Domain III regulates N-type (Ca(V)2.2) calcium channel closing kinetics
Dept. of Pharmacology, Kirksville Coll. of Osteopathic Medicine, AT Still Univ., 800 W. Jefferson St., Kirksville, MO 63501, USA.Journal of Neurophysiology (Impact Factor: 2.89). 12/2011; 107(7):1942-51. DOI: 10.1152/jn.00993.2011
Ca(V)2.2 (N-type) and Ca(V)1.2 (L-type) calcium channels gate differently in response to membrane depolarization, which is critical to the unique physiological functions mediated by these channels. We wondered if the source for these differences could be identified. As a first step, we examined the effect of domain exchange between N-type and L-type channels on activation-deactivation kinetics, which were significantly different between these channels. Kinetic analysis of chimeric channels revealed N-channel-like deactivation for all chimeric channels containing N-channel domain III, while activation appeared to be a more distributed function across domains. This led us to hypothesize that domain III was an important regulator of N-channel closing. This idea was further examined with R-roscovitine, which is a trisubstituted purine that slows N-channel deactivation by exclusively binding to activated N-channels. L-channels lack this response to roscovitine, which allowed us to use N-L chimeras to test the role of domain III in roscovitine modulation of N-channel deactivation. In support of our hypothesis, all chimeric channels containing the N-channel domain III responded to roscovitine with slowed deactivation, while those chimeric channels with L-channel domain III did not. Thus a combination of kinetic and pharmacological evidence supports the hypothesis that domain III is an important regulator of N-channel closing. Our results support specialization of gating functions among calcium channel domains.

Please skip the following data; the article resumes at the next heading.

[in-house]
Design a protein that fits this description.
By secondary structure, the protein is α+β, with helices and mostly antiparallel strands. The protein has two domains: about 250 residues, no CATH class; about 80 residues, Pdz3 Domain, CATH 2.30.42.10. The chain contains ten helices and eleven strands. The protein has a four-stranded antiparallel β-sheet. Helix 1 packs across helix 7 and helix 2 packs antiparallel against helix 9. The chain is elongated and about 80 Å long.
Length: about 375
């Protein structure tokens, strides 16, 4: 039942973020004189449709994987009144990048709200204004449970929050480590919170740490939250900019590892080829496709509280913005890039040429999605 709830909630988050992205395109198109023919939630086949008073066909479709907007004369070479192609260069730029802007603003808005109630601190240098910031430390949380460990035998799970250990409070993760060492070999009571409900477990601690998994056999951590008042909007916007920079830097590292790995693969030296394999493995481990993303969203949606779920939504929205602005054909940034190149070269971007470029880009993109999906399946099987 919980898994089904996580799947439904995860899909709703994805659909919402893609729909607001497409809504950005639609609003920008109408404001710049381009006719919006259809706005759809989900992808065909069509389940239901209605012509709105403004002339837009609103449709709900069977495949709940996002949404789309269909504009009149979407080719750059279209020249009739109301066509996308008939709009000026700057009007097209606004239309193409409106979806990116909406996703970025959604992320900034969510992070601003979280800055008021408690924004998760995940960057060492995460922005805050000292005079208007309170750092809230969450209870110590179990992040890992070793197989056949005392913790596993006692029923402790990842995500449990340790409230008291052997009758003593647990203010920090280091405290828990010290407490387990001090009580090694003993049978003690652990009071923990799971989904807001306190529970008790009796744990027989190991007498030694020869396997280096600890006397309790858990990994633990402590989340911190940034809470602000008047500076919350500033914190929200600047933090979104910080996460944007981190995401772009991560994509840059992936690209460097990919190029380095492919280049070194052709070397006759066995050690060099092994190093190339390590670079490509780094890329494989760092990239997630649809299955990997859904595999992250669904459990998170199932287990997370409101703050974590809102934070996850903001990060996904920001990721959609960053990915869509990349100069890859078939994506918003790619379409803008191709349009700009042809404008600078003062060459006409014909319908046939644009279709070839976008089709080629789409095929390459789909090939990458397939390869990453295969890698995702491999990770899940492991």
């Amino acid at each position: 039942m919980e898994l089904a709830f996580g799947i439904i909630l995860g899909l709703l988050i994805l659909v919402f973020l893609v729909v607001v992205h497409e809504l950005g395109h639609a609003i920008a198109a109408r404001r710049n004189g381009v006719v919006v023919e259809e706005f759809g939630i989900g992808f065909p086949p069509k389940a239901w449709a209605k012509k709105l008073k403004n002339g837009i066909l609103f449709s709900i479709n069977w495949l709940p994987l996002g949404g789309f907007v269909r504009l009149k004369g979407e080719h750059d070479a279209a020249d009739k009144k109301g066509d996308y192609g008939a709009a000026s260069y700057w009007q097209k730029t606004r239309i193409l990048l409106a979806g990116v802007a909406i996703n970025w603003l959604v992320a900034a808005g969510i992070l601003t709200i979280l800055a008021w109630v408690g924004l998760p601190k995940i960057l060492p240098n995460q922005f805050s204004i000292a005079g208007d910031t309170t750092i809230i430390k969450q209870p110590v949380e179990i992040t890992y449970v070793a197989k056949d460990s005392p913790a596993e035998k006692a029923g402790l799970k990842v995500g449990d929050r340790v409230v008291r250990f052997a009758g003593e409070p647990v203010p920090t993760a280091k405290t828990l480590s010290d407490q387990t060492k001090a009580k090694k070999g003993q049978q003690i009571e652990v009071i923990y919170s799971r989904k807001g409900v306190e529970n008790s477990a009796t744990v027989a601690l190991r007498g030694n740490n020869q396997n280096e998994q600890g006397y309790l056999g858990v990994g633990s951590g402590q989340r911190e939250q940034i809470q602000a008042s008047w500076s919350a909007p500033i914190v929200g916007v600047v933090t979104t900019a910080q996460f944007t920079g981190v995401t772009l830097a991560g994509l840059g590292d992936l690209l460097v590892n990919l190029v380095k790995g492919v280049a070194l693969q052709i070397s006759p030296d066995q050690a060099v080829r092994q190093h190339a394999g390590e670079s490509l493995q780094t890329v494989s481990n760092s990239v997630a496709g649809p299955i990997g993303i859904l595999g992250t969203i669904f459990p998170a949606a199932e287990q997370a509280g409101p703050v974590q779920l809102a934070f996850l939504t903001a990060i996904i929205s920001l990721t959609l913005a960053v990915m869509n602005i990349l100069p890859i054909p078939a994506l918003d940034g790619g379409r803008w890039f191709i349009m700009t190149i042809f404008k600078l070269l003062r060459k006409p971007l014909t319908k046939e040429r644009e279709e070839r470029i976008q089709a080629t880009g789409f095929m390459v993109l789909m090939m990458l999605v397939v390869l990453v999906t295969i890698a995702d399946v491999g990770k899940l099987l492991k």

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ABSTRACT: The voltage dependent N-type Ca2+ channel (NCC) receptor was identified to have therapeutic potential for the treatment of neuropathic pain and stroke disease. The Ca2+ ion transport through the transmembrane influx is mainly dependent on the closing, opening, or intermediate state gating mechanism of NCC. Harnessing this dynamic gating mechanism at the structural level is an important and challenging physiological phenomenon. The three dimensional (3D) structure of this membrane receptor is not yet experimentally determined to understand its mechanism of action. Based on these observations, we have developed for the first time the structure of the closed state of the NCC receptor at the pore forming domains which mainly involve three transmembrane helices (TMhs) S5, P and S6. Hot-spot binding site residues of this receptor model were identified by molecular docking technique using amlodipine, cilnidipine and nifedipine compounds known to be potent Ca2+ channel antagonists. Further, the Ca2+ ion permeability and the hydrophobic gating mechanism provided better structural and functional insights on the NCC receptor. These results are in consonance with other Ca2+ channel receptors and would provide guidance for further biochemical investigations.09/2012; 31(9). DOI:10.1002/minf.201200025